• Mary Insana
    on Jun 10, 2013

    The rubber mulch I bought in bags at Home Depot is very clean, no wire mesh or other sharp objects from recycled tires. I did see a few chunks with writing on them though :)

  • Lauren of Mom Home Guide
    on Jun 10, 2013

    Thanks for the tip, Mary!

  • Douglas Hunt
    on Jun 11, 2013

    Hardwood mulch nourishes the soil, moderates soil temperature and conserves moisture, and suppresses weed growth. No other mulching material does all those things. As Woodbridge says, as long as you keep it a reasonable distance from your house, there is nothing to fear from termites.

  • Tina Miller
    on Jun 11, 2013

    I would put stone up against the house ~ maybe 6 inches out then put your mulch down - put a piece of barrier between the stone and mulch so they don't mix with each other. (it looks messy if your stone and mulch mix). I like pine bark mulch myself . . . pine straw can make your soil more acidic and not all plants like that . . . much info online as well. Putting stone against the house help deter termites.

  • Paula M
    on Jun 11, 2013

    Do not go with the red cedar bark.The dye in the bark is not good for the plants.I would not use any dyed product.

  • Leena Milligan-Lanteigne
    on Jun 11, 2013

    It is safe but be sure that your ground level along the foundation is higher than it is further out to prevent water from washing towards your home.

  • Lauren of Mom Home Guide
    on Jun 11, 2013

    Thanks, everyone! Maybe I'll put stone right up against the house, but use bark for the rest. But I am still mulling it over! So much to think about!

  • Katherine Myers
    on Jun 11, 2013

    I'm with Patricia. My exterminator praised my use of screenings against the house! I did it because my beds are wider so having the screenings path against the house lets me garden from both sides of the bed.

  • Judy
    on Jun 13, 2013

    You have a lot of height between the soil level & siding so I doubt you need to worry about termites. I'd lay down a few thicknesses of wet newspaper topped with natural bark mulch. The newspaper will smother the grass around the plants while allowing water through & the mulch will hold the paper down, the moisture in & look nice too. If you're still concerned with termites you can get some plastic bed edging & put it about 6 inches from your foundation then put pea gravel, stones or whatever rock-like stuff you want between the flower bed & the side of the house.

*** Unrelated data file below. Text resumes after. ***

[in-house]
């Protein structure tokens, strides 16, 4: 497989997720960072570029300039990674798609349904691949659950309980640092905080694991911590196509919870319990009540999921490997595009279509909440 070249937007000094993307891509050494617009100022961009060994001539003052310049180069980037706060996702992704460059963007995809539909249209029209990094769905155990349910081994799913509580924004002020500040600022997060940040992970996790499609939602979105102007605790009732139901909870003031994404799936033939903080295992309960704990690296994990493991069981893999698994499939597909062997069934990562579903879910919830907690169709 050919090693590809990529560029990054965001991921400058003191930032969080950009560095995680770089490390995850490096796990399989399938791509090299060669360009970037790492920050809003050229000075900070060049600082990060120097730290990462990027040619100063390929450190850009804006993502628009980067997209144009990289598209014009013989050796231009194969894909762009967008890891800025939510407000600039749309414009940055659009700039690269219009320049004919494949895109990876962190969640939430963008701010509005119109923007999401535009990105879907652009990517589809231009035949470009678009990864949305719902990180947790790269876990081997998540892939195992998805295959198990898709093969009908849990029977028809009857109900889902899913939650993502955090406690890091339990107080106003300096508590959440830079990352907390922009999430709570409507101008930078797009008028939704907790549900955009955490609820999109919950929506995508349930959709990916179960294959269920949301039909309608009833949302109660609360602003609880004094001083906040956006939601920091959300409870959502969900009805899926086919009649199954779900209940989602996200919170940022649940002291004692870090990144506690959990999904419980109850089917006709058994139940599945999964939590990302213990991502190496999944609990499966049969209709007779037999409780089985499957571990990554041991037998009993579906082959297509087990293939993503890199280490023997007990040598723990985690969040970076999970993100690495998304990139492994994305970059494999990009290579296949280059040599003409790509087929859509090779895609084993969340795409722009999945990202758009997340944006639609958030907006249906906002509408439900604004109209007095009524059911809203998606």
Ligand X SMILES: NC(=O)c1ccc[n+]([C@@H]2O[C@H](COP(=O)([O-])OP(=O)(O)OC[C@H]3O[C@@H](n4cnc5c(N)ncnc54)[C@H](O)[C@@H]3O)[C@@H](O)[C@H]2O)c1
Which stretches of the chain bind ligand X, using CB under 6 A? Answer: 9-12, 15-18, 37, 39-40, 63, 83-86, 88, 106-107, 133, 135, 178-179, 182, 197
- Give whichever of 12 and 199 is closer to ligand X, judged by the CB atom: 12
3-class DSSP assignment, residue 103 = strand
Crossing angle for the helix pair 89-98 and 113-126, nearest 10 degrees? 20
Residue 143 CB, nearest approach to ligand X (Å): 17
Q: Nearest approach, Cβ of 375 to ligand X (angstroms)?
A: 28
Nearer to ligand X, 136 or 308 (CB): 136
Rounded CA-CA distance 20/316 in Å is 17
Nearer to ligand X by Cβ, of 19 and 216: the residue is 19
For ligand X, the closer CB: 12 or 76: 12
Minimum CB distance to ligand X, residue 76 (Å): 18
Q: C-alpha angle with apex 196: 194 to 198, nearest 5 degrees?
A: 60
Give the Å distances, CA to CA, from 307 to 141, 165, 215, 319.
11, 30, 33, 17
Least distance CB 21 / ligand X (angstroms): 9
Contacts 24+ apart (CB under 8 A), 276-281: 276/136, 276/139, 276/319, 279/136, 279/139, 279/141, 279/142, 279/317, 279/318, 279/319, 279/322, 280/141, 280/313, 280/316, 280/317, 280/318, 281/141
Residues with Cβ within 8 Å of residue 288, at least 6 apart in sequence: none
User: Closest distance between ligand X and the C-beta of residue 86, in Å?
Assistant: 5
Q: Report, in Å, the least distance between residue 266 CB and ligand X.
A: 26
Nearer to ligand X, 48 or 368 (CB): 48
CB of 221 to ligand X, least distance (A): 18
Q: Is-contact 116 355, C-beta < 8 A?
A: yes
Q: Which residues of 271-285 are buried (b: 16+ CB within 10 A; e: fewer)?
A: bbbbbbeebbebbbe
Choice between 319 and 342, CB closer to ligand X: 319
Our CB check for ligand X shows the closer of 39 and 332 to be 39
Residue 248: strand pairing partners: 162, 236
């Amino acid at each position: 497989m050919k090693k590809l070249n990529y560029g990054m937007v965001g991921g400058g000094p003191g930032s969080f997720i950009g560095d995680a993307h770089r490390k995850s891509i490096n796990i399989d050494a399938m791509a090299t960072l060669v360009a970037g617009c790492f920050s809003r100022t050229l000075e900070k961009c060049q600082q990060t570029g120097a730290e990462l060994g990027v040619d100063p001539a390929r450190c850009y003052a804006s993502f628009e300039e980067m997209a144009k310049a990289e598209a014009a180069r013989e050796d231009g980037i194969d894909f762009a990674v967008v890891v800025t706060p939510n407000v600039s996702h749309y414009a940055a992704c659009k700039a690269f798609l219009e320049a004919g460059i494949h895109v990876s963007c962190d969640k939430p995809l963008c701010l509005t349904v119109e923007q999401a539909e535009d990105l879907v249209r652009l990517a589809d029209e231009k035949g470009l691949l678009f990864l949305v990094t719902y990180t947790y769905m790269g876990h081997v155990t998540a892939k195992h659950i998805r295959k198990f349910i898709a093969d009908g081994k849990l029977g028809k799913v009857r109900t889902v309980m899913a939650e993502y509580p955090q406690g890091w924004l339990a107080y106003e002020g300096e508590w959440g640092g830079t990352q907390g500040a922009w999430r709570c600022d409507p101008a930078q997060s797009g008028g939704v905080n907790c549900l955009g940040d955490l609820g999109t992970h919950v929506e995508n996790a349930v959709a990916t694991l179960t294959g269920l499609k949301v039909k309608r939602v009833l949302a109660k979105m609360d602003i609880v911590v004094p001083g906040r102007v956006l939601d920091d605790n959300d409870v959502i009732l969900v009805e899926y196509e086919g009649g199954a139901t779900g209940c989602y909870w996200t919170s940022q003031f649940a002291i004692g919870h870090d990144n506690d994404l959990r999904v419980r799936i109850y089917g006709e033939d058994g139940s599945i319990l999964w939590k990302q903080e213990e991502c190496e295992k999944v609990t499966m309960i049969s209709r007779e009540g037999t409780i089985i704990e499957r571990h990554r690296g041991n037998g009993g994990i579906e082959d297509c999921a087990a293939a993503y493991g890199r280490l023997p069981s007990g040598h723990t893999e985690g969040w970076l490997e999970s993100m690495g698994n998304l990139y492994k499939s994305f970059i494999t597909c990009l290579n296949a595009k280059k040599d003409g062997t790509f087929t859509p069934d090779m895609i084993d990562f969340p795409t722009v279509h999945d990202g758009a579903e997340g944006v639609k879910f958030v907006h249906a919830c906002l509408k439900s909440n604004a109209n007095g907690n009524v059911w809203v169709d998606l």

• Barbara R
    on Jun 14, 2013

    You also need some kind of border, separating your garden from your grass. Your mulch, rocks or whatever you choose will fall into your lawn and make a mess. I used oak logs I had for my fireplace...rocks, anything that won't move will do! Looks better, too!

  • Jossi
    on Jun 14, 2013

    It looks to me like you need to kill off the remaining grass, and for this i'd use shredded newspaper(rip with hands, lay down, water and then put down landscape cloth. You can cut the holes for the plants you've already planted. THEN use mulch. Best to buy in bulk if you have a truck or trailer to carry it. Use the straw(NOT hay !) for winter cover, and gently rake off and add more mulch in spring. For the space right up against the house, use crushed stone, about 1' of it, for drainage.

  • Laura gamroth
    on Jun 14, 2013

    Have you considered recycled rubber mulch? I have used it several times now, it lasts for a LONG time, doesn't fade, doesn't blow away in the wind, doesn't decompose, and it's rubber, so no termites. It really does look like the real thing in a garden bed.

  • Linda T
    on Jun 16, 2013

    Cypress mulch repels termites and other pests.

  • Cynthia
    on Jun 21, 2013

    In NJ you can easily go with stone. Get some various size of river stone and create some bands of color with them as well.

  • Rita H
    on Jun 21, 2014

    My neighbor puts down the chunks. I am always finding it in my garage and on the driveway. I have even twisted my ankle one a single piece. I prefer the shredded kind. And always stay away from the foundation and plants. Impatiens don't like mulch much.